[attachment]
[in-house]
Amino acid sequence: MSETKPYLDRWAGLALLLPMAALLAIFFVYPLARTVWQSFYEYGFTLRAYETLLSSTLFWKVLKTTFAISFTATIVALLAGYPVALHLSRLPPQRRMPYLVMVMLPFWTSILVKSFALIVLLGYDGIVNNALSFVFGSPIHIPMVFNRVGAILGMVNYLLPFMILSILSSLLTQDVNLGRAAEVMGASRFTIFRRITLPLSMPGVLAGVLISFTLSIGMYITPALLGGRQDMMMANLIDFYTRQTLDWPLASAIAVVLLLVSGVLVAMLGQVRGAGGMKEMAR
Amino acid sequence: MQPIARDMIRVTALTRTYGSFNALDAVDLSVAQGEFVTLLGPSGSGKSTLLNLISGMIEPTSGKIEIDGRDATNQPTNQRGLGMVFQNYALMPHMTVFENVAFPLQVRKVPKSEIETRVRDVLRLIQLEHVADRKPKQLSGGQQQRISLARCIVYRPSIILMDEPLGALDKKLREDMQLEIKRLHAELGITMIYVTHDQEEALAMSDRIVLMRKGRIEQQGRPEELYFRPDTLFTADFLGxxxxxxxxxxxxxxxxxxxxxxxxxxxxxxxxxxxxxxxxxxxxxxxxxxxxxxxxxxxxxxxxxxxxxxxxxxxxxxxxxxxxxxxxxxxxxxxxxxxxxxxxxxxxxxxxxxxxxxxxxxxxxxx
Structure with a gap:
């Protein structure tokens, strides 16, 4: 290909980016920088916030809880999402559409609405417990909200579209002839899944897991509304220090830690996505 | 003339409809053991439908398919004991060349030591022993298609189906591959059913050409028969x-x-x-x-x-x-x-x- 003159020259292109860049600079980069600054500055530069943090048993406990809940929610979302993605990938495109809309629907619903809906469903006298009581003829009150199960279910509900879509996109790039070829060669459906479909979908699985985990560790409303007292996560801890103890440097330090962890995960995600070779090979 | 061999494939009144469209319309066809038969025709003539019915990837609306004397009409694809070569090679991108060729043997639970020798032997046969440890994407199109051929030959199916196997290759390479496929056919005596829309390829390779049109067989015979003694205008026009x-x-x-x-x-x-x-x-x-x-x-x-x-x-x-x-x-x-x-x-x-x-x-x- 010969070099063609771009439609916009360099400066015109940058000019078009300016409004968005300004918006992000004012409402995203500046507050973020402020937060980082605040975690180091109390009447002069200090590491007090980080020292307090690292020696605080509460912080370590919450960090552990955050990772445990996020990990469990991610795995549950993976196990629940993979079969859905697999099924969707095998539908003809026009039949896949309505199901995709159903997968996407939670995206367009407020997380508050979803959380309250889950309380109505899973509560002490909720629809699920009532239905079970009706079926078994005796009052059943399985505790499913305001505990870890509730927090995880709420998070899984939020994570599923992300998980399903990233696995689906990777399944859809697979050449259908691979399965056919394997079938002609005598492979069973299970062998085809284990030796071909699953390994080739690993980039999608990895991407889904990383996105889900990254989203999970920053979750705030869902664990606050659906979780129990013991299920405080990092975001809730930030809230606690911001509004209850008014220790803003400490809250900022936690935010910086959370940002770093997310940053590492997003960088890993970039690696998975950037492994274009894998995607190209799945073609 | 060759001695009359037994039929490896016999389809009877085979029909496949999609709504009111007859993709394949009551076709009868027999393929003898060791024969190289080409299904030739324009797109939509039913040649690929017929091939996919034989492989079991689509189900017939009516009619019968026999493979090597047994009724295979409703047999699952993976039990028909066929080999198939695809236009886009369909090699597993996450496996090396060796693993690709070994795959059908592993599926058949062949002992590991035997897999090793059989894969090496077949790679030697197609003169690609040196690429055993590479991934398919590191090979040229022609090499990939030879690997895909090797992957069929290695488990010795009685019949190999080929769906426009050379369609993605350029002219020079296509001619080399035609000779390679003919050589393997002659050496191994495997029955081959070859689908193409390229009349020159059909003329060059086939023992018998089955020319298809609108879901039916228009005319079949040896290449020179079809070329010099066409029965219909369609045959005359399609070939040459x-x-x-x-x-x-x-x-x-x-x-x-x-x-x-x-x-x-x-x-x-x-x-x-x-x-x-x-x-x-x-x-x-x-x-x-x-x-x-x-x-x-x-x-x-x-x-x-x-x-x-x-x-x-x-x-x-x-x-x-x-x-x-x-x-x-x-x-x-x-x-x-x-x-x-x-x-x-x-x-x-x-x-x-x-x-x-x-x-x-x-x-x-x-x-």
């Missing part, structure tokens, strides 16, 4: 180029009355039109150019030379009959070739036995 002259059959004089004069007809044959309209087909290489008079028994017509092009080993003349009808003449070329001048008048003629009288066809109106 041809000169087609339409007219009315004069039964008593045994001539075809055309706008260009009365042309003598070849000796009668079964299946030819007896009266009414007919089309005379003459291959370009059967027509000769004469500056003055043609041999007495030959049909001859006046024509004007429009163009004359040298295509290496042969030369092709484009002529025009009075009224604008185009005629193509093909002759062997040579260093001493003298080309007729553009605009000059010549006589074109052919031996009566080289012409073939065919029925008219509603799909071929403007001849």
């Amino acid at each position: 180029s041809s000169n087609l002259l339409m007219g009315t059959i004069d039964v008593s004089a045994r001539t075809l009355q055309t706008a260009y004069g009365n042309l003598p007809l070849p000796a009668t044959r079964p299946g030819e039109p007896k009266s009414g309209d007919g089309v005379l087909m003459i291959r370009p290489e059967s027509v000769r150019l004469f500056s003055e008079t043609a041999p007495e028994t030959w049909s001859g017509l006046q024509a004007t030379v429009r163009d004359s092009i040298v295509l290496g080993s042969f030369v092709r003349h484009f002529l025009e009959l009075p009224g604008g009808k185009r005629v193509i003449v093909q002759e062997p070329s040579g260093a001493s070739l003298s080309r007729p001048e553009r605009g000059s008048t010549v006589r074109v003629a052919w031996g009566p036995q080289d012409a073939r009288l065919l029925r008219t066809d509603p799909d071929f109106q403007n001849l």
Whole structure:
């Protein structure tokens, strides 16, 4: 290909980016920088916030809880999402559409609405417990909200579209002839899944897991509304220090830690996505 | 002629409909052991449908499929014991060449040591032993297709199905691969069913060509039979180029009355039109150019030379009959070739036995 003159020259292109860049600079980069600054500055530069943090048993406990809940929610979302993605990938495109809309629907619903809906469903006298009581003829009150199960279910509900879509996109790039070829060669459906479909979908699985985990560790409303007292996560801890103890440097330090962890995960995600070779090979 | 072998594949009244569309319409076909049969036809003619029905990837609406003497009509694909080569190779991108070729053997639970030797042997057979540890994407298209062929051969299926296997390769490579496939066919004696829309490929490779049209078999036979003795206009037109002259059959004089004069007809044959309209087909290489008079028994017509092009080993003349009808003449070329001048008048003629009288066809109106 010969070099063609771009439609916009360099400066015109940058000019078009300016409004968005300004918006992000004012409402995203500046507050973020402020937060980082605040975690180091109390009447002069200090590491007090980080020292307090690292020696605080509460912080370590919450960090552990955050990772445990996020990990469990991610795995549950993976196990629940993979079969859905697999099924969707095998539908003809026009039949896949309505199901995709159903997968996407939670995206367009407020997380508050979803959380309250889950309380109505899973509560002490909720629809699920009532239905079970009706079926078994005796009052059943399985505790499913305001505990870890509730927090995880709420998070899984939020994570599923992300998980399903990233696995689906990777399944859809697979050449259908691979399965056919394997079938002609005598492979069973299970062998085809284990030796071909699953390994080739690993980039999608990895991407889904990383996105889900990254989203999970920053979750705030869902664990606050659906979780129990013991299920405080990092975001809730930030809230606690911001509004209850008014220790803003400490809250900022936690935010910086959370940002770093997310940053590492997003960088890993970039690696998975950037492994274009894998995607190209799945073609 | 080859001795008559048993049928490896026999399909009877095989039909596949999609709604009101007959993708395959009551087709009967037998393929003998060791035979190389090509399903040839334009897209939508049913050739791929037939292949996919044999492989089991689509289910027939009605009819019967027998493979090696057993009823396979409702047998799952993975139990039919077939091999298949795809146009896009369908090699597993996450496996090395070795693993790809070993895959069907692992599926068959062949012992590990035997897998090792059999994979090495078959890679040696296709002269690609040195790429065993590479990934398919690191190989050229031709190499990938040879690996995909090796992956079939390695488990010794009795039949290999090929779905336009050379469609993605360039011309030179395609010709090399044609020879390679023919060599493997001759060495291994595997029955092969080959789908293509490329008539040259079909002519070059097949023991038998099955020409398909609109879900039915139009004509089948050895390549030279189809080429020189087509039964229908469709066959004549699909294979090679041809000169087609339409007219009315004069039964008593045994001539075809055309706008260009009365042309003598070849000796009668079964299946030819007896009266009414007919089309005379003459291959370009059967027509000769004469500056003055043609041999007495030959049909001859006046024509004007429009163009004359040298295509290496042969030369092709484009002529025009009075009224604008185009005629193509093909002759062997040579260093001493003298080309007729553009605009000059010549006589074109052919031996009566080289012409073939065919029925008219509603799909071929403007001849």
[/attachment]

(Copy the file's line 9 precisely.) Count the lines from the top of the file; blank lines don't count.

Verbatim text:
């Protein structure tokens, strides 16, 4: 290909980016920088916030809880999402559409609405417990909200579209002839899944897991509304220090830690996505 | 002629409909052991449908499929014991060449040591032993297709199905691969069913060509039979180029009355039109150019030379009959070739036995 003159020259292109860049600079980069600054500055530069943090048993406990809940929610979302993605990938495109809309629907619903809906469903006298009581003829009150199960279910509900879509996109790039070829060669459906479909979908699985985990560790409303007292996560801890103890440097330090962890995960995600070779090979 | 072998594949009244569309319409076909049969036809003619029905990837609406003497009509694909080569190779991108070729053997639970030797042997057979540890994407298209062929051969299926296997390769490579496939066919004696829309490929490779049209078999036979003795206009037109002259059959004089004069007809044959309209087909290489008079028994017509092009080993003349009808003449070329001048008048003629009288066809109106 010969070099063609771009439609916009360099400066015109940058000019078009300016409004968005300004918006992000004012409402995203500046507050973020402020937060980082605040975690180091109390009447002069200090590491007090980080020292307090690292020696605080509460912080370590919450960090552990955050990772445990996020990990469990991610795995549950993976196990629940993979079969859905697999099924969707095998539908003809026009039949896949309505199901995709159903997968996407939670995206367009407020997380508050979803959380309250889950309380109505899973509560002490909720629809699920009532239905079970009706079926078994005796009052059943399985505790499913305001505990870890509730927090995880709420998070899984939020994570599923992300998980399903990233696995689906990777399944859809697979050449259908691979399965056919394997079938002609005598492979069973299970062998085809284990030796071909699953390994080739690993980039999608990895991407889904990383996105889900990254989203999970920053979750705030869902664990606050659906979780129990013991299920405080990092975001809730930030809230606690911001509004209850008014220790803003400490809250900022936690935010910086959370940002770093997310940053590492997003960088890993970039690696998975950037492994274009894998995607190209799945073609 | 080859001795008559048993049928490896026999399909009877095989039909596949999609709604009101007959993708395959009551087709009967037998393929003998060791035979190389090509399903040839334009897209939508049913050739791929037939292949996919044999492989089991689509289910027939009605009819019967027998493979090696057993009823396979409702047998799952993975139990039919077939091999298949795809146009896009369908090699597993996450496996090395070795693993790809070993895959069907692992599926068959062949012992590990035997897998090792059999994979090495078959890679040696296709002269690609040195790429065993590479990934398919690191190989050229031709190499990938040879690996995909090796992956079939390695488990010794009795039949290999090929779905336009050379469609993605360039011309030179395609010709090399044609020879390679023919060599493997001759060495291994595997029955092969080959789908293509490329008539040259079909002519070059097949023991038998099955020409398909609109879900039915139009004509089948050895390549030279189809080429020189087509039964229908469709066959004549699909294979090679041809000169087609339409007219009315004069039964008593045994001539075809055309706008260009009365042309003598070849000796009668079964299946030819007896009266009414007919089309005379003459291959370009059967027509000769004469500056003055043609041999007495030959049909001859006046024509004007429009163009004359040298295509290496042969030369092709484009002529025009009075009224604008185009005629193509093909002759062997040579260093001493003298080309007729553009605009000059010549006589074109052919031996009566080289012409073939065919029925008219509603799909071929403007001849």